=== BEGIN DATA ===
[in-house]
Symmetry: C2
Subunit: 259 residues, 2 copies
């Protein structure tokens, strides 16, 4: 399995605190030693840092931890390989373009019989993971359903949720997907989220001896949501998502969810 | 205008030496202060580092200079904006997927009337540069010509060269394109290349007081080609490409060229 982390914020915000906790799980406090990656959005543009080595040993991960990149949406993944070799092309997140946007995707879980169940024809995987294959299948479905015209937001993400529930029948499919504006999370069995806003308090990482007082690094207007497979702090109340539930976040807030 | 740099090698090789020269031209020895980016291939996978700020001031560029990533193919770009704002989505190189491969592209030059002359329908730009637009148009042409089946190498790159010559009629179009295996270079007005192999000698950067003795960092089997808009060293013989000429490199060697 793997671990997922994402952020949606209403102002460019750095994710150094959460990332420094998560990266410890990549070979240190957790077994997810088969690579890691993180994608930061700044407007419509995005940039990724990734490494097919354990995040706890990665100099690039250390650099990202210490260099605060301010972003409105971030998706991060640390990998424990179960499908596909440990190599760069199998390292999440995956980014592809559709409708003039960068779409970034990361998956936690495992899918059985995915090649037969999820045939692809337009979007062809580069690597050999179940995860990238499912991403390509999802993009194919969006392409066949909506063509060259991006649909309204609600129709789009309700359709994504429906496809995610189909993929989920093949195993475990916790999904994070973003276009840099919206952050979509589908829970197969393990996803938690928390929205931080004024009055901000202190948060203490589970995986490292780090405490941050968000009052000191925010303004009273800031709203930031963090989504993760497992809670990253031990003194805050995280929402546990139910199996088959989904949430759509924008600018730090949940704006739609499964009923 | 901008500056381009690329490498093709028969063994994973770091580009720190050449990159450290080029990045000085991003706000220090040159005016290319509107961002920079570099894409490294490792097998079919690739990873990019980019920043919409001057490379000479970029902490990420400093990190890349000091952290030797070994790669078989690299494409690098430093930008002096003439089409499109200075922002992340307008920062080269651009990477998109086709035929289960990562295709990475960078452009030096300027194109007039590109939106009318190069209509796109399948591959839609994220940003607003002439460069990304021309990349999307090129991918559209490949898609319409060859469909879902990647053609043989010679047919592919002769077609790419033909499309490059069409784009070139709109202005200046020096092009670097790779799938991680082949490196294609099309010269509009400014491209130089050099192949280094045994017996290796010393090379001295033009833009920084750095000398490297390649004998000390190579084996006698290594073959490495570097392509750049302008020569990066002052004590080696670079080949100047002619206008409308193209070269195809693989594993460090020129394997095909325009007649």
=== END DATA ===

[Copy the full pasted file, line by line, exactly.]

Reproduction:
[in-house]
Symmetry: C2
Subunit: 259 residues, 2 copies
């Protein structure tokens, strides 16, 4: 399995605190030693840092931890390989373009019989993971359903949720997907989220001896949501998502969810 | 205008030496202060580092200079904006997927009337540069010509060269394109290349007081080609490409060229 982390914020915000906790799980406090990656959005543009080595040993991960990149949406993944070799092309997140946007995707879980169940024809995987294959299948479905015209937001993400529930029948499919504006999370069995806003308090990482007082690094207007497979702090109340539930976040807030 | 740099090698090789020269031209020895980016291939996978700020001031560029990533193919770009704002989505190189491969592209030059002359329908730009637009148009042409089946190498790159010559009629179009295996270079007005192999000698950067003795960092089997808009060293013989000429490199060697 793997671990997922994402952020949606209403102002460019750095994710150094959460990332420094998560990266410890990549070979240190957790077994997810088969690579890691993180994608930061700044407007419509995005940039990724990734490494097919354990995040706890990665100099690039250390650099990202210490260099605060301010972003409105971030998706991060640390990998424990179960499908596909440990190599760069199998390292999440995956980014592809559709409708003039960068779409970034990361998956936690495992899918059985995915090649037969999820045939692809337009979007062809580069690597050999179940995860990238499912991403390509999802993009194919969006392409066949909506063509060259991006649909309204609600129709789009309700359709994504429906496809995610189909993929989920093949195993475990916790999904994070973003276009840099919206952050979509589908829970197969393990996803938690928390929205931080004024009055901000202190948060203490589970995986490292780090405490941050968000009052000191925010303004009273800031709203930031963090989504993760497992809670990253031990003194805050995280929402546990139910199996088959989904949430759509924008600018730090949940704006739609499964009923 | 901008500056381009690329490498093709028969063994994973770091580009720190050449990159450290080029990045000085991003706000220090040159005016290319509107961002920079570099894409490294490792097998079919690739990873990019980019920043919409001057490379000479970029902490990420400093990190890349000091952290030797070994790669078989690299494409690098430093930008002096003439089409499109200075922002992340307008920062080269651009990477998109086709035929289960990562295709990475960078452009030096300027194109007039590109939106009318190069209509796109399948591959839609994220940003607003002439460069990304021309990349999307090129991918559209490949898609319409060859469909879902990647053609043989010679047919592919002769077609790419033909499309490059069409784009070139709109202005200046020096092009670097790779799938991680082949490196294609099309010269509009400014491209130089050099192949280094045994017996290796010393090379001295033009833009920084750095000398490297390649004998000390190579084996006698290594073959490495570097392509750049302008020569990066002052004590080696670079080949100047002619206008409308193209070269195809693989594993460090020129394997095909325009007649």